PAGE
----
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Traffic signal timing is always a hot topic for Dr. Delay readers. Here's a question from Scott Hood about signals on some area roads:

"Why are the lights staggered for the opposing traffic here in Pinellas County at four-way intersections? The reason I ask is that some intersections have a second or two delays, and others seem to be on a 15- to 20-second delay for no apparent reason."

Hood said the intersection with this odd timing that bugs him the most is Ulmerton Road and 66th Street. Another puzzle is intersections that have turn lights that only allow left turns from one direction at a time rather than allowing, say, cars in the northbound left turn lane to turn on a green light at the same time as cars in the opposing southbound lane turn on a green arrow.

We checked in with Ken Jacobs, traffic signal operations manager for Pinellas County to address these questions.

Jacobs said the primary objective of signal timing is to safely assign the right of way to alternating flows of traffic, providing for orderly movement of traffic between intersections.

Traffic signal simulation models are used by the county's signal operations folks to analyze and emulate traffic movements along the major roads, specifically to reduce delays and provide "green to green indications at adjacent intersections" (synchronization). Jacobs said that main street traffic flow gets priority, so when crossing a road designated as a main street there's potential for the wait to be longer.

The staggered left-turn green signals is what's called "lead-lag," Jacobs added.

This model of traffic management improves the progression of traffic between intersections by sequencing the left turns to correspond to the arrival of traffic coming from adjacent intersections.

"This operation is in use at the intersection of Ulmerton Road and 66th Street. Since the volume of traffic on Ulmerton Road is significantly greater than the traffic on 66th Street, the green-to-red time and left-turn movements are designed to maximize the movement of traffic on Ulmerton Road and minimize the delay on 66th Street," Jacobs said.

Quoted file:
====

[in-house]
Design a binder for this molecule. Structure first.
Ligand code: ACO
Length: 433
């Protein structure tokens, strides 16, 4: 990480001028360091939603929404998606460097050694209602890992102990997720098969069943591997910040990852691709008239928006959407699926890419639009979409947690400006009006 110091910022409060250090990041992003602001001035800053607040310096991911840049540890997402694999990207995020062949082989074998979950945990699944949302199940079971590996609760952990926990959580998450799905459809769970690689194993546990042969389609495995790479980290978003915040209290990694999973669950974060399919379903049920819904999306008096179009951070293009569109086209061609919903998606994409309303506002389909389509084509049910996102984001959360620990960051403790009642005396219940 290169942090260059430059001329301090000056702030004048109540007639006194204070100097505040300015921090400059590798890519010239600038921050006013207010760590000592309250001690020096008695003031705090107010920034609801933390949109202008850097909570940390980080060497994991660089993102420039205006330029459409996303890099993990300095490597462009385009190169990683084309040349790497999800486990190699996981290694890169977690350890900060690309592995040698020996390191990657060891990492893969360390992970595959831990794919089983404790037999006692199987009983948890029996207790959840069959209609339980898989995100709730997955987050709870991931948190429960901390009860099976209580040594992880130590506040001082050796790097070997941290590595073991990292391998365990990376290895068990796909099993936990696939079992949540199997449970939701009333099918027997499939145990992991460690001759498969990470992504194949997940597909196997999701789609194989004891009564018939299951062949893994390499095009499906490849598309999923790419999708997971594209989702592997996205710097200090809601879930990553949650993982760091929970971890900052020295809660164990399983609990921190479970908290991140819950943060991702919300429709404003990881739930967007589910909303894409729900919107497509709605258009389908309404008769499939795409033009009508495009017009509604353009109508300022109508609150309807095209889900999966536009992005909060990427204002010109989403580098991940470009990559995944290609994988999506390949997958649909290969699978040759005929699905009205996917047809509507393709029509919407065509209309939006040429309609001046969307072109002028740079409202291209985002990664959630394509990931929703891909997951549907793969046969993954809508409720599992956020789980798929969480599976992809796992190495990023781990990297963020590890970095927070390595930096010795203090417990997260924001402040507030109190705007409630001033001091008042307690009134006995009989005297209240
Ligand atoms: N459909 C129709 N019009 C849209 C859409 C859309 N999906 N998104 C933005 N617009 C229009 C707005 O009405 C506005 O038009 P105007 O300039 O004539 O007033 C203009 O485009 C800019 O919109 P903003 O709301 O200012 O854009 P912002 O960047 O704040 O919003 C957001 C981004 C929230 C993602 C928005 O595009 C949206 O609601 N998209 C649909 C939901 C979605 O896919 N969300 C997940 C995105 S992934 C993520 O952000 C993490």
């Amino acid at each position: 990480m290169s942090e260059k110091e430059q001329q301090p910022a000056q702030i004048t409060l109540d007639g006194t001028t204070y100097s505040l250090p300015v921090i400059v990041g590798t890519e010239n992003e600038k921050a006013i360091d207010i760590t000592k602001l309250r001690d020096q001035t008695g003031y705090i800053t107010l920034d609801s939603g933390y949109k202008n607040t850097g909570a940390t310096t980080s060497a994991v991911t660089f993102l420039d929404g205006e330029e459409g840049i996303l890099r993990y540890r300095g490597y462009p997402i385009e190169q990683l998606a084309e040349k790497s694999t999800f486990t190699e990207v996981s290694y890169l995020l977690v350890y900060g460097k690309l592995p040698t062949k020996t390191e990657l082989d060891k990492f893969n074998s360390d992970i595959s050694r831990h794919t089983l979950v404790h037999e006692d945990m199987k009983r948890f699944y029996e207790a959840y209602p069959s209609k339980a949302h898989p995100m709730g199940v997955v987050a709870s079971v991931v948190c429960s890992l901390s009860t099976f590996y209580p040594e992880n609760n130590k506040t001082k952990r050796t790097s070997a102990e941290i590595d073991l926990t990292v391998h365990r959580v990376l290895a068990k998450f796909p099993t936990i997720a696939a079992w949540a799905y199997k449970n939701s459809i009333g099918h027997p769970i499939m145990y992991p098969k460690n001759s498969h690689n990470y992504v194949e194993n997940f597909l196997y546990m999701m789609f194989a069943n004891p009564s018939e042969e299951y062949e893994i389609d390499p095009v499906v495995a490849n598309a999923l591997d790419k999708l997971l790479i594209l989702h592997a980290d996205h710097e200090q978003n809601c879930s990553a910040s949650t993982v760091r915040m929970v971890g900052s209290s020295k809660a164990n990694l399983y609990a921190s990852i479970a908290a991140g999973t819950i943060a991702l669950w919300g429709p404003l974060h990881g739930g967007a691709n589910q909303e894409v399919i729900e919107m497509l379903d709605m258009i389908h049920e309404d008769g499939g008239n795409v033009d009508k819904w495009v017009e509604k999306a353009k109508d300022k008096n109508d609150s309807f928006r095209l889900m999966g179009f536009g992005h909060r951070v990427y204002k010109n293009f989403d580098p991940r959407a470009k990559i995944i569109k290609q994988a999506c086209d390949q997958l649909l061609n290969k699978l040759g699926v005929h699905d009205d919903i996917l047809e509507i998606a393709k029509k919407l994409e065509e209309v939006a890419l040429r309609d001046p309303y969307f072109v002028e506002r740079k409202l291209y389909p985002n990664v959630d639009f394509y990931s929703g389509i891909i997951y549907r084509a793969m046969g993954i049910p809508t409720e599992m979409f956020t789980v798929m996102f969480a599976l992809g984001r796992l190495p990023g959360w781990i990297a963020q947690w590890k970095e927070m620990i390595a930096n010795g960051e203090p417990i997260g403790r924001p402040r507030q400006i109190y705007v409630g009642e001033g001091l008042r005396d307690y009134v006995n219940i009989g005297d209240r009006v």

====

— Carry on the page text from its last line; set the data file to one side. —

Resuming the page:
Posted ramp speed is intended for safety

Reader Sue MacFarlane is wondering about one of my favorite subjects: ramp speed. She wrote:

"Why when traveling east on Gandy Boulevard, turning onto Interstate 275 south, is there a sign that reads Ramp Speed 35 mph? Some people slow down to that speed and, during rush hour in particular, cause the drivers behind them to hit their brakes."

We asked the Florida Department of Transportation about the ramp speed signs. Kevin Dunn, DOT's district signing and pavement marking manager, said it's a safety measure.

The ramp speed is set at 35 mph because of the degree of curvature on both the southbound and northbound sides of the ramp, as well as on the northbound flyover ramp.

"The original design recommended 35 mph as a safe speed to travel," Dunn said.

The posted speed on the ramp is not a regulatory speed limit, so if you hit the ramp at 40 mph you wouldn't expect to receive a speeding ticket, he said.

The posted speed is a suggested safe travel speed to allow for negotiating the ramp under worst conditions, such as heavy rain. Safe speed recommendations are determined by how much centrifugal force should be applied to a vehicle to negotiate a given curve safely.

"My experience has shown that many drivers do not reduce their speed based on these warning sign recommendations, so it was nice to hear that some are viewing and reacting to these signs as intended," Dunn said.

Until next week, happy and safe motoring!

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